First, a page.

Choreographies of Glassmaking: An Impression
By Márcia Vilarigues
For those of us who have watched master glass makers working in their studio, it is impossible not to be enchanted by the choreography that unfolds in front of us, where glass blowers move in perfect balance and synchronisation. An intimate relationship evolves between artist and material. This scenario is replicated at the Research Unit VICARTE – Glass and Ceramic for the Arts, Universidade Nova de Lisboa. We collaborate with Artechne’s Thijs Hagendijk and Sven Dupré to explore this relationship, and how it connects to the orchestrated composition of recipes and instructions for glassmaking, through recipes from Johannes Kunckel’s 1679 Ars Vitraria experimentalis.
When concentrating on the re-working of the web of recipes, annotations and comments for the production of rosichiero (clear or transparent red) glass and enamels, several choreographies between makers, scientists, materials and texts, past and present, take place . The work includes the production of each individual compound of the recipes following Kunckel’s instructions until the production of the final glass. We start with the first challenge: to transform these historical texts into step-by-step protocols for chemical synthesis. We deconstruct and reconstruct those sets of instructions; raw materials and measurements are identified, each process described in the recipes is interpreted, voids are filled with our own experience. We move between pages and languages (German, Italian, English, Dutch, Portuguese), while embracing many diverse strands of expertise (glass science, history, chemistry, conservation), surpassing jargons, methods of speaking, diverse backgrounds; finding a common language. While working we weave our own web of knowledge and experiences.
Following recipe 125 (Eine andere Roſen farbichte Smalte oder Schmeltzglas zum Gold); the first step sends us to recipe 124 (Eine Roſen-farbichte Smalte oder Schmeltzglaß zu machen/ von den Jtaliaͤnern Roſichiero genandt/ mit welchen das Gold bemahlet wird), which includes the way to produce a crystal glass (Fritta Cryſtalli, a clear glass). Here we face the first limitation: We don’t have in our laboratory Levantine ashes or Tarsus powder (no present ones are equal to those collected in the past), and choices have to be made on how to mimic these raw materials. The second step demands the preparation of ashes of lead and tin, for which we have to go back to recipe 93 (Die Materia/ aus welcher alle Schmeltzglaͤſer oder Smalten bereitet werden.). For this recipe, as for all recipes on how to produce glass, only the best products should be used (des beſten Bleyes (…) und des beſten Zinns). We mix and melt the two ingredients, add minium and mix, add calcined copper (a step not described in any recipe by Kunckel) and cream-of-tartar (from wine lees), mix again. Each time this process involves a choreography performed at 1200 ºC. One person opens the furnace and takes out the crucible, another adds and mixes the different elements in the glass melt. The crucible is then returned to the furnace in a tantalising balance. The final step is also a revelation: will we obtain the desired colour (or what we envisage it should be)?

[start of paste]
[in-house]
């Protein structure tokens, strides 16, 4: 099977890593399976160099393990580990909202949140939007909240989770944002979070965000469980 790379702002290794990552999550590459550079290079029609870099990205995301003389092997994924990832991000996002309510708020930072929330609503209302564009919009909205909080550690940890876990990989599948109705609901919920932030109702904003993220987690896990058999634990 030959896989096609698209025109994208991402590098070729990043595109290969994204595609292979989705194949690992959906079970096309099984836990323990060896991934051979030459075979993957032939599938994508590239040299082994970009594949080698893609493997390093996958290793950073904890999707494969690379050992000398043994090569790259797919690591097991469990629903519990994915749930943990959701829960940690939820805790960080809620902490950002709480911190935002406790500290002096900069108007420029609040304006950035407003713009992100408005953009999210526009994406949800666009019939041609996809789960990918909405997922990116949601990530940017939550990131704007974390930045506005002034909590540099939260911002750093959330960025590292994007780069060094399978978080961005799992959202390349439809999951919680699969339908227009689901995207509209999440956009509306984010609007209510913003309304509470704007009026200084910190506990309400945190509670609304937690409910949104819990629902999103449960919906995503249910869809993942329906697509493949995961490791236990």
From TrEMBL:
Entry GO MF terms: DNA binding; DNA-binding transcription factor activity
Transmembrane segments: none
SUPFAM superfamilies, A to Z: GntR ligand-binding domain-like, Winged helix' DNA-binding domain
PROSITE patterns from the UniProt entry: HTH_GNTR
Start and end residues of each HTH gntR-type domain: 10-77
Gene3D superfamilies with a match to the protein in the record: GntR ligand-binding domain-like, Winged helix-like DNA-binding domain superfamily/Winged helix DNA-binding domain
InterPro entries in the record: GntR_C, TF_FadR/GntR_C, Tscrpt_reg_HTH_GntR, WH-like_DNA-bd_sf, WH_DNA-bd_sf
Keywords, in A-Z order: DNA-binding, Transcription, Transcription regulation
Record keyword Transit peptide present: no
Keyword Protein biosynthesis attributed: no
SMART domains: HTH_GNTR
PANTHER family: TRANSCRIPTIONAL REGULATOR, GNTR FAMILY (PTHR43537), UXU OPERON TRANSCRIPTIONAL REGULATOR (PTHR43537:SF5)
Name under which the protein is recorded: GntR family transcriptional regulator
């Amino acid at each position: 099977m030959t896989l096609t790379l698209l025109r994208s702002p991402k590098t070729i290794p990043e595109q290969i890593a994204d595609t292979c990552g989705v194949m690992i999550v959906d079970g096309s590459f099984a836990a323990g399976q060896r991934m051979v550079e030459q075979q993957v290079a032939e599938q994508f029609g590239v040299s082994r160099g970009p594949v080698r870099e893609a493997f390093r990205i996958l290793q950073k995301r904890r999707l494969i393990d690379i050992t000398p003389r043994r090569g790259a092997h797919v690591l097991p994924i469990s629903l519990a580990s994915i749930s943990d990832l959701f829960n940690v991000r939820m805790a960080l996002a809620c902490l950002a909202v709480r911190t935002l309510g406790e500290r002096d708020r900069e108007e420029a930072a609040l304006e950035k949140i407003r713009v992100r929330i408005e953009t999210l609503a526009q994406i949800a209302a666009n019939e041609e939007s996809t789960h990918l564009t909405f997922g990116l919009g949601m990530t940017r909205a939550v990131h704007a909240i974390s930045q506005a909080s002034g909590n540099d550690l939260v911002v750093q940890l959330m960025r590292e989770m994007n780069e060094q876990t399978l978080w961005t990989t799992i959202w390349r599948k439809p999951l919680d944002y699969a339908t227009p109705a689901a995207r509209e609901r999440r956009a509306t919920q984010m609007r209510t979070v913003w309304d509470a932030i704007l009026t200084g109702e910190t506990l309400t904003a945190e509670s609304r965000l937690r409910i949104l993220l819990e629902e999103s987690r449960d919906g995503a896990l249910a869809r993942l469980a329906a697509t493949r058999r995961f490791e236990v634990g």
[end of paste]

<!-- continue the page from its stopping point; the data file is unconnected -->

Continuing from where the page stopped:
This endeavour is a work-in-progress, the re-working of historical processes and experiences raises countless questions and allows us to witness the importance of the experimental attitude of the ‘composers’ of glass. Each explored recipe reveals the interconnectedness between the fire technologies, the need for common elements as raw materials, high temperature furnaces, crucibles, and demands the sharing of knowledge of technology and materials. We further seek to relate the choice of raw materials and production techniques to historical developments in science and technology, especially Kunckel’s work in chymistry. The discovery of purification methods, new elements and chemical synthesis not only enabled the production of higher quality glass, but also resulted in the emergence of new colours, new varieties of rosichiero.
At the end of the day this is about ‘how persons make things and things make persons’ ( Tilley et al., 2013) – both now and in the past.
 ‘choreographies’ here is an actor’s category: it is the term that glass makers use to describe their shared operational sequence.  Chris Tilley, Webb Keane, Susanne Kuechler, Mike Rowlands, Patricia Spyer (eds.) (2013), Handbook of Material Culture (Sage Publications).